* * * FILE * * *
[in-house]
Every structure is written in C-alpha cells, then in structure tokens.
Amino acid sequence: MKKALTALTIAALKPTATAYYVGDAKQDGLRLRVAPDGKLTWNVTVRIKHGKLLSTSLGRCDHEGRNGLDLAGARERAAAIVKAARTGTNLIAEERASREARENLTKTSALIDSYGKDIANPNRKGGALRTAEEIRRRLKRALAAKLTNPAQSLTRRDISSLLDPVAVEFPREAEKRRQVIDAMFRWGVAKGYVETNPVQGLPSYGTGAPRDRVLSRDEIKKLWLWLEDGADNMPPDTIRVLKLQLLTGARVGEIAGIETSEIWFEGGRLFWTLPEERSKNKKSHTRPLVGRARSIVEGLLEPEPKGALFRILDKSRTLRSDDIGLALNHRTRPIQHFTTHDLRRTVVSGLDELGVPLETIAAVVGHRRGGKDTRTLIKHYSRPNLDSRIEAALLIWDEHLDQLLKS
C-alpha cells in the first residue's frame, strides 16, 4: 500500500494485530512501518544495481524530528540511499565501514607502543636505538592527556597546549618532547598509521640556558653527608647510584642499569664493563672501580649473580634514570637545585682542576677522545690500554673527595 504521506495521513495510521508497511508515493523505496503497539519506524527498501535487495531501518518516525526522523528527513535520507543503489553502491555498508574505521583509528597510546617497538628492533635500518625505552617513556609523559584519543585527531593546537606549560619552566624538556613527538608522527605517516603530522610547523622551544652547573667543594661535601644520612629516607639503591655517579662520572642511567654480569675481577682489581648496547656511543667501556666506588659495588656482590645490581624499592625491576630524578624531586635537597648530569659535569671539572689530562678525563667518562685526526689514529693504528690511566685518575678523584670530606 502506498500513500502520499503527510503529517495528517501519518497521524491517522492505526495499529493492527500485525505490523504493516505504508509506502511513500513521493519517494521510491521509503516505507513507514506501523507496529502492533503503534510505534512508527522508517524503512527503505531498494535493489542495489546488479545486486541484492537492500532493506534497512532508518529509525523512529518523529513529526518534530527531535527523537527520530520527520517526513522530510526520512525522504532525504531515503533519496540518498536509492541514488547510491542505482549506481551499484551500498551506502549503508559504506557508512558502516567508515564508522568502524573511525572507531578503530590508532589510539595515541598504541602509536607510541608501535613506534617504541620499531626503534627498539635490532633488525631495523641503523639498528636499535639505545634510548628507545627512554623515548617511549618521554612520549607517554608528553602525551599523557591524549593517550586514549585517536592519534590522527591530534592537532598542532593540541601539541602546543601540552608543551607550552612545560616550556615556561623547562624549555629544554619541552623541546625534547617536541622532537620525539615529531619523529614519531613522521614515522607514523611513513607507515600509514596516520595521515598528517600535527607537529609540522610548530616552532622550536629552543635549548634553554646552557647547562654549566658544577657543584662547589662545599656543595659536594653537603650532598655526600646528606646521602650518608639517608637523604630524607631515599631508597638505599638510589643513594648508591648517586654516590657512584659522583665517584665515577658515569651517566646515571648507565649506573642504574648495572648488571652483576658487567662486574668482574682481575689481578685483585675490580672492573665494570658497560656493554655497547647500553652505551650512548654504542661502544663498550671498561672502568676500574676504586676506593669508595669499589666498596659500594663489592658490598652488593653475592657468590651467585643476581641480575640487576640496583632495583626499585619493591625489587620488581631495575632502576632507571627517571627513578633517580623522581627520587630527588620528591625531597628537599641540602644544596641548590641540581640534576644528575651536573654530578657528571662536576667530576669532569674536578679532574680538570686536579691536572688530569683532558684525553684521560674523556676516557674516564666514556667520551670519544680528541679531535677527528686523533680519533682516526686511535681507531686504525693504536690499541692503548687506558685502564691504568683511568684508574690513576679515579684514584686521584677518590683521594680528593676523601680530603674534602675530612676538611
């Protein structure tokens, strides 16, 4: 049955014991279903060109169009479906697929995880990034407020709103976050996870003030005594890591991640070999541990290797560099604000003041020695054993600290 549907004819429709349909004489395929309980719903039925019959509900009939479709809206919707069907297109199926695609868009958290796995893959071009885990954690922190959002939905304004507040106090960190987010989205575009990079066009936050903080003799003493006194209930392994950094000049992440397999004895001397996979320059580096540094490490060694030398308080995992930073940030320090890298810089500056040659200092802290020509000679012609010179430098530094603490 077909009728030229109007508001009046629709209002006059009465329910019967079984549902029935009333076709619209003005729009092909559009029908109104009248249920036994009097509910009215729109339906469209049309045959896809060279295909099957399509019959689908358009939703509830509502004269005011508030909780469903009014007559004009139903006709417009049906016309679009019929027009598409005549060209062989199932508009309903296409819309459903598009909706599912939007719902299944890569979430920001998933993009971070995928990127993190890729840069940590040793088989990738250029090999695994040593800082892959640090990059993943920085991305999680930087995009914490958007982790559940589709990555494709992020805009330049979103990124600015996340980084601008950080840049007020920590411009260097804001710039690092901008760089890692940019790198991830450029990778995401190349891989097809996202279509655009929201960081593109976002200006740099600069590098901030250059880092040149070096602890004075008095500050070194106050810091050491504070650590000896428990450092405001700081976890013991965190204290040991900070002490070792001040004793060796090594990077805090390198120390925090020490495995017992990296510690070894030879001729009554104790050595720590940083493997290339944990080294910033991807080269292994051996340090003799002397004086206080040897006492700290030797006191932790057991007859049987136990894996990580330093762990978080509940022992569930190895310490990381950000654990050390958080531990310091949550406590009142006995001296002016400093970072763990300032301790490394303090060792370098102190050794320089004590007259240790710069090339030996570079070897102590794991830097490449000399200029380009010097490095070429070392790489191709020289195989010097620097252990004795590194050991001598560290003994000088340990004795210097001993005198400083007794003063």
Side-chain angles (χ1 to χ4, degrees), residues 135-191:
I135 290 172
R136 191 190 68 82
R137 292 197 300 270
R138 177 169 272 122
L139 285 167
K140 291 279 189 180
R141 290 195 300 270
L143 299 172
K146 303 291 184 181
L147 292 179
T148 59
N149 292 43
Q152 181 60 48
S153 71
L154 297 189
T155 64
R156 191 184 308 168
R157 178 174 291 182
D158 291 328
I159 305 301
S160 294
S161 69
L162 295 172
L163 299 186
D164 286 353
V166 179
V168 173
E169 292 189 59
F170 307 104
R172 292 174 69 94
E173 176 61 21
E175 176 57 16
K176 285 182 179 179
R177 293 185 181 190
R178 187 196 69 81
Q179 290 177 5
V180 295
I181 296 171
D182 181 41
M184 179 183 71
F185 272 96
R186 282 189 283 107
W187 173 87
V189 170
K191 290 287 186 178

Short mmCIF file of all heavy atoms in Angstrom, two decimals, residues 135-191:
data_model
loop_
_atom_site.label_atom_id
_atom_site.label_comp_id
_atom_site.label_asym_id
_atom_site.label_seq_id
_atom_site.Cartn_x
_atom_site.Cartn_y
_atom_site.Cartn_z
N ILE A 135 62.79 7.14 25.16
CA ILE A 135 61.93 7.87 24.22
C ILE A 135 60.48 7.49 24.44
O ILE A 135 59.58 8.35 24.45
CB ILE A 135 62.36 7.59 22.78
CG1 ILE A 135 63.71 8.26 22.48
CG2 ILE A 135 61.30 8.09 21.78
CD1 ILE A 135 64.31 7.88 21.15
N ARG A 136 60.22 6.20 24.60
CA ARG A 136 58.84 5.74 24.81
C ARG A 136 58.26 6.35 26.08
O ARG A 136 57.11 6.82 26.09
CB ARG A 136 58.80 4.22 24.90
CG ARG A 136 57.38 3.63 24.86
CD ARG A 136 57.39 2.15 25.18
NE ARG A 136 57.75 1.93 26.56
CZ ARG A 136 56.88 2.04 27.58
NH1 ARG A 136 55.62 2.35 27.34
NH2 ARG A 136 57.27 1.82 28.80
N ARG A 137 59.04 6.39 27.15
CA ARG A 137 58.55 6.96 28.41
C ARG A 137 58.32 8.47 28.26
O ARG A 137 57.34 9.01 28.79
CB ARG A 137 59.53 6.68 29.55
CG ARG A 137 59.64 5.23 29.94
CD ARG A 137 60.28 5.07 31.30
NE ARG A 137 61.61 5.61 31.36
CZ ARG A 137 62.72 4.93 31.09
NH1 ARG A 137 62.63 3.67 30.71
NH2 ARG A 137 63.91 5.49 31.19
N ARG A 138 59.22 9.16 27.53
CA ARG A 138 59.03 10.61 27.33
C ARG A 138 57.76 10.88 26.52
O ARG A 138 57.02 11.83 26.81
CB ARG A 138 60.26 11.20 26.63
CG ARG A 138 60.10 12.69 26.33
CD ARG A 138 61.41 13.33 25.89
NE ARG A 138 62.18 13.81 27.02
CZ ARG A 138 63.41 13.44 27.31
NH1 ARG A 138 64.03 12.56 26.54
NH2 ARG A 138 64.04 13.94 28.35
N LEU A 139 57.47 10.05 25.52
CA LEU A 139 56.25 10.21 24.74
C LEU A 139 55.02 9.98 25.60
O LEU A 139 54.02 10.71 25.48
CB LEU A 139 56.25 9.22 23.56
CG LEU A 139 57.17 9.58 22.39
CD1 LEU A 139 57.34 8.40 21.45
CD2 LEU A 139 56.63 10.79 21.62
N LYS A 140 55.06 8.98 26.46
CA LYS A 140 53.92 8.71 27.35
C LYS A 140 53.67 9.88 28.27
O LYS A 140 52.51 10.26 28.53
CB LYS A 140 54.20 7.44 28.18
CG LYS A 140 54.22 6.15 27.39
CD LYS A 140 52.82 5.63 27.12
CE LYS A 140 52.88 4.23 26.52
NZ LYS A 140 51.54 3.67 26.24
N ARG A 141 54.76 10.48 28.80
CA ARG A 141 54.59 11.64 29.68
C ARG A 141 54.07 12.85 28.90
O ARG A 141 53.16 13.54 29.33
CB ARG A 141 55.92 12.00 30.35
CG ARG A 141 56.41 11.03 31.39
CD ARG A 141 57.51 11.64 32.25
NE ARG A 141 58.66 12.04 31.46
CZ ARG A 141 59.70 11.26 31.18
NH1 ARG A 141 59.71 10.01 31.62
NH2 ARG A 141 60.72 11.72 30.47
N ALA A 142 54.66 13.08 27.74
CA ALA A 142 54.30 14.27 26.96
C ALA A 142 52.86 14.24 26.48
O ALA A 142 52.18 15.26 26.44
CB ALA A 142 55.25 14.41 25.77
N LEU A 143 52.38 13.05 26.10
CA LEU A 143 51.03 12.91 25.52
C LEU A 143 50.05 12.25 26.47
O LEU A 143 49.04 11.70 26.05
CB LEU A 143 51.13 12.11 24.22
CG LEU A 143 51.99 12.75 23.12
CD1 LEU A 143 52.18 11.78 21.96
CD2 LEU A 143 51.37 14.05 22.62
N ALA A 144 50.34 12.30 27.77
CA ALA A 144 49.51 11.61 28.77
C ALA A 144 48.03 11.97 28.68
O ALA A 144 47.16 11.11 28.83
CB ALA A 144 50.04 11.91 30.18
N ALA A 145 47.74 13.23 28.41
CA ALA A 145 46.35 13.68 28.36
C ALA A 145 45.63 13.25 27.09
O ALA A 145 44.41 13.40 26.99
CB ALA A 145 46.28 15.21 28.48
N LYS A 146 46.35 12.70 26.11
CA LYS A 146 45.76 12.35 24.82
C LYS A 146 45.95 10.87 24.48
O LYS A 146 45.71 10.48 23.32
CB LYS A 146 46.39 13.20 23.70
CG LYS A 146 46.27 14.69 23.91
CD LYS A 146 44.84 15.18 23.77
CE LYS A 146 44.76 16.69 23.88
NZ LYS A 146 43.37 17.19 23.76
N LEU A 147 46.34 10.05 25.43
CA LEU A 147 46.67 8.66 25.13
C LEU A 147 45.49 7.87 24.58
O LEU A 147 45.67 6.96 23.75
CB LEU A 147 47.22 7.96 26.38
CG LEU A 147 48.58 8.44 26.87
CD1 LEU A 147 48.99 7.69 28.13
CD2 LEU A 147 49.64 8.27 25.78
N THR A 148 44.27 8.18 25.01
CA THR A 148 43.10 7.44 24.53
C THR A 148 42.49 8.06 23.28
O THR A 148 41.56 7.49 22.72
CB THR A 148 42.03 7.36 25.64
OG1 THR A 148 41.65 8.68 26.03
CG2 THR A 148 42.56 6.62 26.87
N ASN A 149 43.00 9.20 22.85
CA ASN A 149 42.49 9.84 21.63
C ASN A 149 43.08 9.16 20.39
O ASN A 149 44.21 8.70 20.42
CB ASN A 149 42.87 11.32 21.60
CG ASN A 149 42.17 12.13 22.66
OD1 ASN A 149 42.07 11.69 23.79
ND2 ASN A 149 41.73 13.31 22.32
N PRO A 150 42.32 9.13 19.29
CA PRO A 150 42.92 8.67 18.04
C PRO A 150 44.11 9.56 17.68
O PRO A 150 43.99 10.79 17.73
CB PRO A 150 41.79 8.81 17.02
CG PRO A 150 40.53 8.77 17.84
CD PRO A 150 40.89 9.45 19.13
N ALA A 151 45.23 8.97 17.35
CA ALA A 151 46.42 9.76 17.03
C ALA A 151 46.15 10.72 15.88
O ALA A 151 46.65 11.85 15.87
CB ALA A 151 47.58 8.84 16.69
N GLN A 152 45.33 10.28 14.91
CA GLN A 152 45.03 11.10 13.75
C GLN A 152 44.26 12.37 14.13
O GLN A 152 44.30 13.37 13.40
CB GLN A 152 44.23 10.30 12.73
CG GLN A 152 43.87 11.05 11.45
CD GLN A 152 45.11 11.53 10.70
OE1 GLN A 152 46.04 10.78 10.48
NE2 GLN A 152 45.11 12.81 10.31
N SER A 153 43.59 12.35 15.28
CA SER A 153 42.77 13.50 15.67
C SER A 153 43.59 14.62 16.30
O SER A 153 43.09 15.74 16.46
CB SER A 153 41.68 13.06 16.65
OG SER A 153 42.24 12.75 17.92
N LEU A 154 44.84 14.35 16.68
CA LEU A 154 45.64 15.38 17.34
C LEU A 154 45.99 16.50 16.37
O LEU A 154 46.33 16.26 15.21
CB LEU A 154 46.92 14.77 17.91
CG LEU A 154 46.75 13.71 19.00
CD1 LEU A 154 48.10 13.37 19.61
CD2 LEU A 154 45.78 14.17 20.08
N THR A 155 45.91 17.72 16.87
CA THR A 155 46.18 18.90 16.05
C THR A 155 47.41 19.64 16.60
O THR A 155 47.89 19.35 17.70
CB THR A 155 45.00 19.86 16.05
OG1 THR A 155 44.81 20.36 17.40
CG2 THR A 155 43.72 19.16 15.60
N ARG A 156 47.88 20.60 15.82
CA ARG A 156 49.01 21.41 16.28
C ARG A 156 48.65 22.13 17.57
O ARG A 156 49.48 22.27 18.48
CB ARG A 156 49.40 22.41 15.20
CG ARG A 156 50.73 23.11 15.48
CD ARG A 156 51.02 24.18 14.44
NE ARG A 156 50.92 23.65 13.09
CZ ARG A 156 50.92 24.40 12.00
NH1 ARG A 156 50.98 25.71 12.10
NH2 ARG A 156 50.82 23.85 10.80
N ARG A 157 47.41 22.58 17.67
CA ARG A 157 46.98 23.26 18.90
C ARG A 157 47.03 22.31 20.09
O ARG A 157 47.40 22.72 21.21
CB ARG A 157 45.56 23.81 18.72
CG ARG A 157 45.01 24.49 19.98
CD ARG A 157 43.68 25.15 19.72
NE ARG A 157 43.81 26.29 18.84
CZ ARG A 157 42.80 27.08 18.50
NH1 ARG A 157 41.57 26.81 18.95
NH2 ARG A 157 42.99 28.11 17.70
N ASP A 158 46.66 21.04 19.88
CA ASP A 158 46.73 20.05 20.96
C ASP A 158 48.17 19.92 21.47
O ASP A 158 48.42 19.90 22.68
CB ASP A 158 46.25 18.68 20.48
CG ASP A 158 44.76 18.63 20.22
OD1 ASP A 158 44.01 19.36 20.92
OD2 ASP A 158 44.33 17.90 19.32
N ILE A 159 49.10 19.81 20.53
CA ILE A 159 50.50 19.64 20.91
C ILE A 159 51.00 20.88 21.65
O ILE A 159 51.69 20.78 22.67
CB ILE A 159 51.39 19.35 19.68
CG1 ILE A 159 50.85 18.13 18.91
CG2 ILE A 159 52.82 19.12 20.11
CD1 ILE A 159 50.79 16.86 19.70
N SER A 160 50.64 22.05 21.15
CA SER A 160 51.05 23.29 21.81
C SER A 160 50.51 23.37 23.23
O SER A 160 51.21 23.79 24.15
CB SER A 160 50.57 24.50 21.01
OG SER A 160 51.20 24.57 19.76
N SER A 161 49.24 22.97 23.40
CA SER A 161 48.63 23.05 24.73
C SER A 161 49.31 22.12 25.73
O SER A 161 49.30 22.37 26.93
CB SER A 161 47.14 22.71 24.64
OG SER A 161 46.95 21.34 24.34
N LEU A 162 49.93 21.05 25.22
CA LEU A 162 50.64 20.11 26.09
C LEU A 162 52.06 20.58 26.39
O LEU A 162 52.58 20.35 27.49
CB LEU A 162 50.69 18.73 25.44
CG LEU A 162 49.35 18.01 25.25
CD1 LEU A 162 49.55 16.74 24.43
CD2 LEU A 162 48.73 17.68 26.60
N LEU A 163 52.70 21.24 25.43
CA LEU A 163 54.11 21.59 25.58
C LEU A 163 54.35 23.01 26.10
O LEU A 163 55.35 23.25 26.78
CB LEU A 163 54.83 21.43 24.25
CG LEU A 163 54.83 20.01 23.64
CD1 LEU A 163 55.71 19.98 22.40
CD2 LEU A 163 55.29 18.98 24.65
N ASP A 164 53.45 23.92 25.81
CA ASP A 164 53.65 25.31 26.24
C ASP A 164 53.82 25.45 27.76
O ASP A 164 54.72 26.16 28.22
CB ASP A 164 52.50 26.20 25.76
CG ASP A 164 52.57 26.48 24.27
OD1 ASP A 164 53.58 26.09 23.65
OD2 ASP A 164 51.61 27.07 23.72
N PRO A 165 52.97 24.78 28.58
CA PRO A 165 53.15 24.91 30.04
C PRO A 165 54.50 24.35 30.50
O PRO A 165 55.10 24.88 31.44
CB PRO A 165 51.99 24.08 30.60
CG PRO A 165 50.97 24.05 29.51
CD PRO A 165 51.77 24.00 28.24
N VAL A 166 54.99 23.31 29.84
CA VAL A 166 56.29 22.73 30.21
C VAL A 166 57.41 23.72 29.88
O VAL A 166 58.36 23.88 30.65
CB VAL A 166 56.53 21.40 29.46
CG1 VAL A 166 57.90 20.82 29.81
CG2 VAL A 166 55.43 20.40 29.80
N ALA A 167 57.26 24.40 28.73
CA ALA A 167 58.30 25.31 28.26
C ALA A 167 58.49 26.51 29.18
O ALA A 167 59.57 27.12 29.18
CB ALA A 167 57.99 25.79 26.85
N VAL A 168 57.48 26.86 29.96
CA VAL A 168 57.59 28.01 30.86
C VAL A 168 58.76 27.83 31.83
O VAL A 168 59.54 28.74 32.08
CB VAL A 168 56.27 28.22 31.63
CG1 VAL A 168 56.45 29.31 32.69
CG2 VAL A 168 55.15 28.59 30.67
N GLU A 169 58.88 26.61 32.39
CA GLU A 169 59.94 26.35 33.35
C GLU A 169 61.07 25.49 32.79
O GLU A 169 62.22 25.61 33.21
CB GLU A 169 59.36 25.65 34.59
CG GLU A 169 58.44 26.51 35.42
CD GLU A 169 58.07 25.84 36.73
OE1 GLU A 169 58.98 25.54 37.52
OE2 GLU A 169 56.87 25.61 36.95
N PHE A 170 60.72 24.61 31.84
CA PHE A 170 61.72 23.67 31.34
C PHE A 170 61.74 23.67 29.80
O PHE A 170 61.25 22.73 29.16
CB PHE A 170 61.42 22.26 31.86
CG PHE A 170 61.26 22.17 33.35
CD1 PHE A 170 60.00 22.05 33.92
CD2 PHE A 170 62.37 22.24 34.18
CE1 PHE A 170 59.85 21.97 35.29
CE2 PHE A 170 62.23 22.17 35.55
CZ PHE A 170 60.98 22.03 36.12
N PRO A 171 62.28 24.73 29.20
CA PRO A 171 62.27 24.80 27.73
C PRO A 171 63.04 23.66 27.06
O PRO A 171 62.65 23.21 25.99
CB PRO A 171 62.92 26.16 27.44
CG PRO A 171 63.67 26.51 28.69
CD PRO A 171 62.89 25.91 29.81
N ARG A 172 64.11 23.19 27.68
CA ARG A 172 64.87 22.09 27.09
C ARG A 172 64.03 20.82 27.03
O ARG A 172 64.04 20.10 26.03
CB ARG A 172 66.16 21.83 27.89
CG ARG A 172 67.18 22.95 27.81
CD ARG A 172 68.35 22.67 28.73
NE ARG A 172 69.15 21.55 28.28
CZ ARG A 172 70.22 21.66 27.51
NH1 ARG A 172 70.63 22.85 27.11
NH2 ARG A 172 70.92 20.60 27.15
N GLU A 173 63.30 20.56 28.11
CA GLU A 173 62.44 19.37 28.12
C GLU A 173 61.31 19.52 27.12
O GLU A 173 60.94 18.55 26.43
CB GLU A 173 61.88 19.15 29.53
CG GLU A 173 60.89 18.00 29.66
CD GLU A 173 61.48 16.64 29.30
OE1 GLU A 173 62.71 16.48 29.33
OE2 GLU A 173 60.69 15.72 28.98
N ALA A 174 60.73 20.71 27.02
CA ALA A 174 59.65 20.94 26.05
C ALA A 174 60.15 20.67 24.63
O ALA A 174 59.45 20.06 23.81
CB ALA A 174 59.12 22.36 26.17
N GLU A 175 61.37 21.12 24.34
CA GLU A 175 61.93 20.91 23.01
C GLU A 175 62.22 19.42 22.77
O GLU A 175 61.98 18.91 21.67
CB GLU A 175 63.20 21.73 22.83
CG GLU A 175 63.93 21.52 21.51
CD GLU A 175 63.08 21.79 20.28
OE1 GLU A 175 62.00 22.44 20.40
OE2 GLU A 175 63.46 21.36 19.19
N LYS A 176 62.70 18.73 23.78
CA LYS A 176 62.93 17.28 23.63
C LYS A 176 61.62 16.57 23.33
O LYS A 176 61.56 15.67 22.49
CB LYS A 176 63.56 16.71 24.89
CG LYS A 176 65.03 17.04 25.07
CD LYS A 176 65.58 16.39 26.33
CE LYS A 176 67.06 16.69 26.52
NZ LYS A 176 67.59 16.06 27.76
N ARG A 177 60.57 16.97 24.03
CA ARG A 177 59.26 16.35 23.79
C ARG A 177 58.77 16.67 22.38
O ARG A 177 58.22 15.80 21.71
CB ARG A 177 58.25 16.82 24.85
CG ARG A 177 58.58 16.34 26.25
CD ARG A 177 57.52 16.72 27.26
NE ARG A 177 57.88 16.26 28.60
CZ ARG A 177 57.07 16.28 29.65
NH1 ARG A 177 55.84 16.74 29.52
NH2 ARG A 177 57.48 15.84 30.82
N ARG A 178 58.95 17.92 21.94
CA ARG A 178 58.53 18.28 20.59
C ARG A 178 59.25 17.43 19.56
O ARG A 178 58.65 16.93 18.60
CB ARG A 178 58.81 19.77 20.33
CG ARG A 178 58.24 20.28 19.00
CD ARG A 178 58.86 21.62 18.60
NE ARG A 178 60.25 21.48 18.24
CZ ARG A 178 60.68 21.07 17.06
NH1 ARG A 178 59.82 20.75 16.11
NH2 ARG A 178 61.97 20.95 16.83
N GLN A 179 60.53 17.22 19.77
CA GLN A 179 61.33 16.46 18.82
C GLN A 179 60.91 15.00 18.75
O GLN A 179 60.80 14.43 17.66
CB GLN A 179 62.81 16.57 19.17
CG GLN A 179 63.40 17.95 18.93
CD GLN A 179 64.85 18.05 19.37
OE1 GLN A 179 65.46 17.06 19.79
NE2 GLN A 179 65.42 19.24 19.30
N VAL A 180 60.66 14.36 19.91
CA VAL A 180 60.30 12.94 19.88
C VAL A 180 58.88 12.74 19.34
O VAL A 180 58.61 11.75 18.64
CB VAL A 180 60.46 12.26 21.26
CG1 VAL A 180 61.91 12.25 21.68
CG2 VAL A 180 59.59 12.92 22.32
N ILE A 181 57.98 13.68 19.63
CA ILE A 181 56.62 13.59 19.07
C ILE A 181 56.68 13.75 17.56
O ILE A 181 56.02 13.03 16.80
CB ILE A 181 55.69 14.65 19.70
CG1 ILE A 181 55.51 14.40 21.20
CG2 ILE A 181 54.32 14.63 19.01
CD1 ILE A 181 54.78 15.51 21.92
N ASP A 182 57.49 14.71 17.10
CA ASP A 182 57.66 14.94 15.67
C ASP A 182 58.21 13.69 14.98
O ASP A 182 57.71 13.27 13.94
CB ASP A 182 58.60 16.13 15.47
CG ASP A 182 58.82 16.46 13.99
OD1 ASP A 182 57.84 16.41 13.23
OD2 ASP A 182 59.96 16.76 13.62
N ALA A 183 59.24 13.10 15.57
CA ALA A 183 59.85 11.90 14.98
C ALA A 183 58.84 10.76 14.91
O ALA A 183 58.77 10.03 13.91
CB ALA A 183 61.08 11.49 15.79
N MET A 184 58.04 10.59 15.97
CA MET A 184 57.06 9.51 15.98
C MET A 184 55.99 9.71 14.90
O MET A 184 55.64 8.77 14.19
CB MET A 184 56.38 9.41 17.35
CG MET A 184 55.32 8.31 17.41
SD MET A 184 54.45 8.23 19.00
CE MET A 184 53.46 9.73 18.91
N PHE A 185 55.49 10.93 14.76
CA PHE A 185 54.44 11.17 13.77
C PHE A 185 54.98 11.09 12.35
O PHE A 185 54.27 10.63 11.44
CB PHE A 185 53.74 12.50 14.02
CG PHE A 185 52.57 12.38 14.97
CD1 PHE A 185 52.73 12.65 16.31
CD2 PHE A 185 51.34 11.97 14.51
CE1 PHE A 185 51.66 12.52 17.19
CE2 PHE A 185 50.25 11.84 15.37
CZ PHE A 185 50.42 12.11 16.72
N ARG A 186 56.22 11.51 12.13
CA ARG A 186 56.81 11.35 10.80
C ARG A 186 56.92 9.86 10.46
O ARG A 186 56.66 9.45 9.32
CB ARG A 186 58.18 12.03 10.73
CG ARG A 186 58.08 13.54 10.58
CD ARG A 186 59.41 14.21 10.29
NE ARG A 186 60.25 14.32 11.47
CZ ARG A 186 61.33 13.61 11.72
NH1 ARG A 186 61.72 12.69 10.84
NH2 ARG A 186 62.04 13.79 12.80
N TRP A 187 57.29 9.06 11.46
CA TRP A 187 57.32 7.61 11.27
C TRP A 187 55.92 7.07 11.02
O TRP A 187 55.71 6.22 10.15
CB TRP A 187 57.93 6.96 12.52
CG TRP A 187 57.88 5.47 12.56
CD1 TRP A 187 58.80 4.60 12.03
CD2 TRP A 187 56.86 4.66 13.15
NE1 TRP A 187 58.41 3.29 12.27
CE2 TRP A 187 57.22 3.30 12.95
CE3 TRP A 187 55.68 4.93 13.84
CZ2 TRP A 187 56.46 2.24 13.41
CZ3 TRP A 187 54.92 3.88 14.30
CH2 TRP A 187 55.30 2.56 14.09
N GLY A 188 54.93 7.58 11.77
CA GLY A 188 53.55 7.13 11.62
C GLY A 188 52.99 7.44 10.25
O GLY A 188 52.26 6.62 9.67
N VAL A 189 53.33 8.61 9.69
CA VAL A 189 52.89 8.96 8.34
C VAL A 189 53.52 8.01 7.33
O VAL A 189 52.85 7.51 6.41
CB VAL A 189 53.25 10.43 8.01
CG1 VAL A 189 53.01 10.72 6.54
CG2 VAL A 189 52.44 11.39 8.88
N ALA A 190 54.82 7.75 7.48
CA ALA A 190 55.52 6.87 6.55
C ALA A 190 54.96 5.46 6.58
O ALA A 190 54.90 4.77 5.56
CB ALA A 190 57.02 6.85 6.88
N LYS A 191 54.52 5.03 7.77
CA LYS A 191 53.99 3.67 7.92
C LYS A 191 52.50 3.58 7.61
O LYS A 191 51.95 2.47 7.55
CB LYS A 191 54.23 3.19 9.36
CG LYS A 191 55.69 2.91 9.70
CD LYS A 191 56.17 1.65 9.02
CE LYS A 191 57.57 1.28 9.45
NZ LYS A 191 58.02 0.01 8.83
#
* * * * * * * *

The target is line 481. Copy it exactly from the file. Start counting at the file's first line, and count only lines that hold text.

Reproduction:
CG ARG A 186 58.08 13.54 10.58